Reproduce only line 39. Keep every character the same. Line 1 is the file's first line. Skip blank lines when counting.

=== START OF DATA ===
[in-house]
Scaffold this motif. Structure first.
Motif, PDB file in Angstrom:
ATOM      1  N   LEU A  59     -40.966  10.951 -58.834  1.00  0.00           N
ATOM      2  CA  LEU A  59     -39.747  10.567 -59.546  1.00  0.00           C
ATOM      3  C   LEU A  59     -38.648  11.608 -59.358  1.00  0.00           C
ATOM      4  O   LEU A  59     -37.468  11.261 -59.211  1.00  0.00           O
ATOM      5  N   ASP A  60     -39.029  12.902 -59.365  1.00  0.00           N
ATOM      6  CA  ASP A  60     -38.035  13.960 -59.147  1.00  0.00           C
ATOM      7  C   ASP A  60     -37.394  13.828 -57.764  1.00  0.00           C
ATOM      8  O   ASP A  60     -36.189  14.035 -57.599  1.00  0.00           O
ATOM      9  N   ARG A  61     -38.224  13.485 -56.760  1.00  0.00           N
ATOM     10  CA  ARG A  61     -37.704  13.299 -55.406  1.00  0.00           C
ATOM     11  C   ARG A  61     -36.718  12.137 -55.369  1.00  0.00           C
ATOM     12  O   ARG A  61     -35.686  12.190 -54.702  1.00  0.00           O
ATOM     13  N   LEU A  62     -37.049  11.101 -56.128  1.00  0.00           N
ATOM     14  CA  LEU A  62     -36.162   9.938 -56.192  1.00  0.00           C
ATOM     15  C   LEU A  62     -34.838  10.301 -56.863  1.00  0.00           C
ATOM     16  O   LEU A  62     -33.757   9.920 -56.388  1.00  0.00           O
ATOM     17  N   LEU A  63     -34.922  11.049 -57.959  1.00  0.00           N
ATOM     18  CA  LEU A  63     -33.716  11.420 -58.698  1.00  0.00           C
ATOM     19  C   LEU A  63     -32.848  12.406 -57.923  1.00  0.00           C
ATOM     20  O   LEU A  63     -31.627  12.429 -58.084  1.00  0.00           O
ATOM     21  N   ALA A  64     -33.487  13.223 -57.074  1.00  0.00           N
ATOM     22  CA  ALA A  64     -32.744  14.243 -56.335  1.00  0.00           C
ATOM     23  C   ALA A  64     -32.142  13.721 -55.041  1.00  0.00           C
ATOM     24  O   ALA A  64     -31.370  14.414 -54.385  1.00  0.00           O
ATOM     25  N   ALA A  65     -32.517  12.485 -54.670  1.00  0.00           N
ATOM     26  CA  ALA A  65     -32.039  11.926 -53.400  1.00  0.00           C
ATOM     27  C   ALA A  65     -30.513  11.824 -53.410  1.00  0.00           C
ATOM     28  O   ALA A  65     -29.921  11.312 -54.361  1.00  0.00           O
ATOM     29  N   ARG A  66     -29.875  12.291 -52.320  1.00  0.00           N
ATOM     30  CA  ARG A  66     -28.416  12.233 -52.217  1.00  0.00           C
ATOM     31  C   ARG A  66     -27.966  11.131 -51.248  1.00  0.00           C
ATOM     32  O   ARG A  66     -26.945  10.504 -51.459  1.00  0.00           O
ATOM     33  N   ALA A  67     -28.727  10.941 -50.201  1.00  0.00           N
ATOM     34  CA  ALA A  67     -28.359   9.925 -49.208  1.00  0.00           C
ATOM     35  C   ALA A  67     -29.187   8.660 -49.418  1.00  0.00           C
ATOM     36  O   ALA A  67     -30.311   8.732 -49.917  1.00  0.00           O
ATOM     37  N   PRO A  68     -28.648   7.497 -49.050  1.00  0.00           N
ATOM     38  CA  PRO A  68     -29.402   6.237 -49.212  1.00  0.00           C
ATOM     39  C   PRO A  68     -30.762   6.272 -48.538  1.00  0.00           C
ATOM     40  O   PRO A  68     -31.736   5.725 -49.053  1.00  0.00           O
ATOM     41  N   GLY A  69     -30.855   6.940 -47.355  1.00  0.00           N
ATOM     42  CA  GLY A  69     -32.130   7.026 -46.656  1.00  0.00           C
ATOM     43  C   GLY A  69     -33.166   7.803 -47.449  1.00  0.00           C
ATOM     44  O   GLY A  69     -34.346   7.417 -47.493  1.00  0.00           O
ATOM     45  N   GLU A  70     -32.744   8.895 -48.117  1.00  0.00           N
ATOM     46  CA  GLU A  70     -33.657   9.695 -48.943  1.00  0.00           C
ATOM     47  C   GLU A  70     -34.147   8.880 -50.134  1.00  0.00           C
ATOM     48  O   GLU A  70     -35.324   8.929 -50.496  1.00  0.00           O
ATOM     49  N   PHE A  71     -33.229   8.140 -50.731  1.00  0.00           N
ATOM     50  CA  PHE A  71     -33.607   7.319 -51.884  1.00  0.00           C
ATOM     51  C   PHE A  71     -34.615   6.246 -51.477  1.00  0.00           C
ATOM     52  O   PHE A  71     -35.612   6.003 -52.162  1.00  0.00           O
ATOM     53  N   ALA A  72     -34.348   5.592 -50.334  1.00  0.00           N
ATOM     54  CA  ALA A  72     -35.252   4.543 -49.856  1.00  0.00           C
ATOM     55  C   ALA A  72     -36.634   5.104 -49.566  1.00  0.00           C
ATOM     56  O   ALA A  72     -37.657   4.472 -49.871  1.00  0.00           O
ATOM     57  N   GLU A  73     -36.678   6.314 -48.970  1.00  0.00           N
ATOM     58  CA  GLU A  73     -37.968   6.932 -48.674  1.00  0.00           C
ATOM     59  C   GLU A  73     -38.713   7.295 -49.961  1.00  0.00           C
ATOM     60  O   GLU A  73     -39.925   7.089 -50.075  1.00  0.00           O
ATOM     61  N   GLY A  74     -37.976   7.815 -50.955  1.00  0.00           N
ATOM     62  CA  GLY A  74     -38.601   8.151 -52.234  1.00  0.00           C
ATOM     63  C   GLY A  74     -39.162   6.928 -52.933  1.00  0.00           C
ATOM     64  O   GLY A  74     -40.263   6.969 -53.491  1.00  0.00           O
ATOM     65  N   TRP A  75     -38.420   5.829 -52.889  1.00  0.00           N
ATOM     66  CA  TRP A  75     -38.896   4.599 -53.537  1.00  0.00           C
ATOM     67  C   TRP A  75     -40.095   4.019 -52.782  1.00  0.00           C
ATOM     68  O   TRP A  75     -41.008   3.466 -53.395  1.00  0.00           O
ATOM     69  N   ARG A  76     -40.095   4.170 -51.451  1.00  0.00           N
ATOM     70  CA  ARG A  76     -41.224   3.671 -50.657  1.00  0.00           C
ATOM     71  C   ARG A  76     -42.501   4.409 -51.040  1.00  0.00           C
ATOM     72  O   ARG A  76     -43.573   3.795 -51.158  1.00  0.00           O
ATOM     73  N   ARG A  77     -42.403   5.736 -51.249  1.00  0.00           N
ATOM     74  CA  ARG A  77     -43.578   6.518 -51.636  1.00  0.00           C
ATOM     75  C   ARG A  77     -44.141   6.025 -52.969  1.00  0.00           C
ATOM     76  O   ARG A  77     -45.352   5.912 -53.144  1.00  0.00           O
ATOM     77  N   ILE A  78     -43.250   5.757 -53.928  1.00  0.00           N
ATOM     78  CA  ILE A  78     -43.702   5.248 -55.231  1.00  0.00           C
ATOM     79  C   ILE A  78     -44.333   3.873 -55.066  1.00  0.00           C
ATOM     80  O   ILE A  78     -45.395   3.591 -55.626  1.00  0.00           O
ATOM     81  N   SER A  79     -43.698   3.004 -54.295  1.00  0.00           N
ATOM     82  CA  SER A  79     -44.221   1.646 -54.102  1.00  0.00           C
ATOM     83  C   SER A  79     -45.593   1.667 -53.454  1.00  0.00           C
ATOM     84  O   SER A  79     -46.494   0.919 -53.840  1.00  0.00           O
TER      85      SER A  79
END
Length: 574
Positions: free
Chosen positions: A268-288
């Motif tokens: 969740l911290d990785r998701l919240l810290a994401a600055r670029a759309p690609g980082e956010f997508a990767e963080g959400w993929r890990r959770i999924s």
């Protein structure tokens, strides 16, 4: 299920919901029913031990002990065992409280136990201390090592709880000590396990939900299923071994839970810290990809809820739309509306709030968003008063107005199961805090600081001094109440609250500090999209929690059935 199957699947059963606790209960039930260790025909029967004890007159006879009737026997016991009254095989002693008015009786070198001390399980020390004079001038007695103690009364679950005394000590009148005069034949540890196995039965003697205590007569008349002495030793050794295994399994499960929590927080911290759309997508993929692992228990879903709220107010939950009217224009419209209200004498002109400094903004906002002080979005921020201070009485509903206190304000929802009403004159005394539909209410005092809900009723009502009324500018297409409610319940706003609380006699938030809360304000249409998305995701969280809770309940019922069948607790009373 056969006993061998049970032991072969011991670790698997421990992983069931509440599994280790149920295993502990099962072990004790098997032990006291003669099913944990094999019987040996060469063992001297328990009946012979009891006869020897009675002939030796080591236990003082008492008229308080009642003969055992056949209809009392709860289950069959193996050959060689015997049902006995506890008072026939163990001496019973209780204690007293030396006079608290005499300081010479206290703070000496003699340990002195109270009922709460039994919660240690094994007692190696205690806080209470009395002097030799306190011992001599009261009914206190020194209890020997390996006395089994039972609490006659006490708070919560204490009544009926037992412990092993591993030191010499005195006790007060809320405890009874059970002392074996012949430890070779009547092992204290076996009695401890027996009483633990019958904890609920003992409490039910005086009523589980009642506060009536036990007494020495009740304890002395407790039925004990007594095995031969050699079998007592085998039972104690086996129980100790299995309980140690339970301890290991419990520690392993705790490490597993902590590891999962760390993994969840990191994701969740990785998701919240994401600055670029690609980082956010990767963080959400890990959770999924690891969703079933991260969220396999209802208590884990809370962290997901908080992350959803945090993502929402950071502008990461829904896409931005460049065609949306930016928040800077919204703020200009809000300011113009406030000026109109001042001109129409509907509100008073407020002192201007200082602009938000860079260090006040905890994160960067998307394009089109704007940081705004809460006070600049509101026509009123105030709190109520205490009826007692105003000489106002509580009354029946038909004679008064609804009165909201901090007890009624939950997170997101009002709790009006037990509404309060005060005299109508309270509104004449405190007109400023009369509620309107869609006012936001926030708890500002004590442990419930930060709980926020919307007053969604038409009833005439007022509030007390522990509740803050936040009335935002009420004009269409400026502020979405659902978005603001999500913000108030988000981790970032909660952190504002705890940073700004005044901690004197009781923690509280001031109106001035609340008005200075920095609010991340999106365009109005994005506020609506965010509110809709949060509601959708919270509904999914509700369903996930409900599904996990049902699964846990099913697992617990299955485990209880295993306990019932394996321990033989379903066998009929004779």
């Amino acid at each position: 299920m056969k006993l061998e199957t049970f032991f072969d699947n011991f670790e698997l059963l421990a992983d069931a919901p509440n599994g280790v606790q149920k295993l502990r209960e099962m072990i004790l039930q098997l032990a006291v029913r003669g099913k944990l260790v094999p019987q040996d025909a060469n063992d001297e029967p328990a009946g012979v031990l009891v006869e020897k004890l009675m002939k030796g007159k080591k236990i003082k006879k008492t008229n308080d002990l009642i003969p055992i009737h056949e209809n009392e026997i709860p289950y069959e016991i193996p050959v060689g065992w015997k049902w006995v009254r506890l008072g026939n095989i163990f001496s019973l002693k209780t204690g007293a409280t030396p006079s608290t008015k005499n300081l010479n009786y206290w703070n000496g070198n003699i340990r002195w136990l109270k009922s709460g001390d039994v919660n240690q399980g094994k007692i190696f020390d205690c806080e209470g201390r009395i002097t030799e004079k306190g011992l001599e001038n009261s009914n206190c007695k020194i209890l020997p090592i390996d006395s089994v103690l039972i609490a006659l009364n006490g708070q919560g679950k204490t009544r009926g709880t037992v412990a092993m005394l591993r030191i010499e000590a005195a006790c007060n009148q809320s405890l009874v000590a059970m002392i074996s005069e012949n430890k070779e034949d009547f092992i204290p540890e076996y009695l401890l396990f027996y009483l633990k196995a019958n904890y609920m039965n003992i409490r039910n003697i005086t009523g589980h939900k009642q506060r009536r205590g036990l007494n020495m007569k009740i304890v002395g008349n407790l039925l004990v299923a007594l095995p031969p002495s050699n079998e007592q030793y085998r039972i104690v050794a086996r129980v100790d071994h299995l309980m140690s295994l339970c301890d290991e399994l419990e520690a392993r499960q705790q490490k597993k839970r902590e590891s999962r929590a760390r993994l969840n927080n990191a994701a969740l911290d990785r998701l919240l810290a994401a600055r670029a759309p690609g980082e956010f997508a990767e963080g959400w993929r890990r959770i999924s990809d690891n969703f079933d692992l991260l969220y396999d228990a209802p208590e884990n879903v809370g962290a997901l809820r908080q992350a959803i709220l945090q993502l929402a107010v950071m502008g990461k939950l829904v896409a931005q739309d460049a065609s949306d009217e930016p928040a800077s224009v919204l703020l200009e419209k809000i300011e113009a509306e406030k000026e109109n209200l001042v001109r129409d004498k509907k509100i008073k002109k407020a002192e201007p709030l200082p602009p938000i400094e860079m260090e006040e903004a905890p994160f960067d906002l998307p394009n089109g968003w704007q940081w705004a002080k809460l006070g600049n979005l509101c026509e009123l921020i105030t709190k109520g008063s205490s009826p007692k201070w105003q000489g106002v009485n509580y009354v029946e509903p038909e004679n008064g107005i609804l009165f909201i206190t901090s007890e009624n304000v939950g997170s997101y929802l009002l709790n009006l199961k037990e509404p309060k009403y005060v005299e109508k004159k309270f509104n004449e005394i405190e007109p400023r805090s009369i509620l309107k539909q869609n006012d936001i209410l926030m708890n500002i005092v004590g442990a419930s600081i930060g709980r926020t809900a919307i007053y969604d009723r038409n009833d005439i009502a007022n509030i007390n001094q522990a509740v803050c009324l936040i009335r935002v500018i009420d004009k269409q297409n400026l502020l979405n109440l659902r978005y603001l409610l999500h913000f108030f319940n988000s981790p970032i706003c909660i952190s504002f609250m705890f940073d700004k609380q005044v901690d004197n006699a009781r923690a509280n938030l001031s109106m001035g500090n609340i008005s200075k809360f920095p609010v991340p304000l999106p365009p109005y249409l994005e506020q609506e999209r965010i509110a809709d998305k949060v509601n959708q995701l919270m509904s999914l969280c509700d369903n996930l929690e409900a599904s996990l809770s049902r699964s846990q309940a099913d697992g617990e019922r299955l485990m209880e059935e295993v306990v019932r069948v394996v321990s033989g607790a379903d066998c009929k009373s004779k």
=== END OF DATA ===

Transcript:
ATOM     36  O   ALA A  67     -30.311   8.732 -49.917  1.00  0.00           O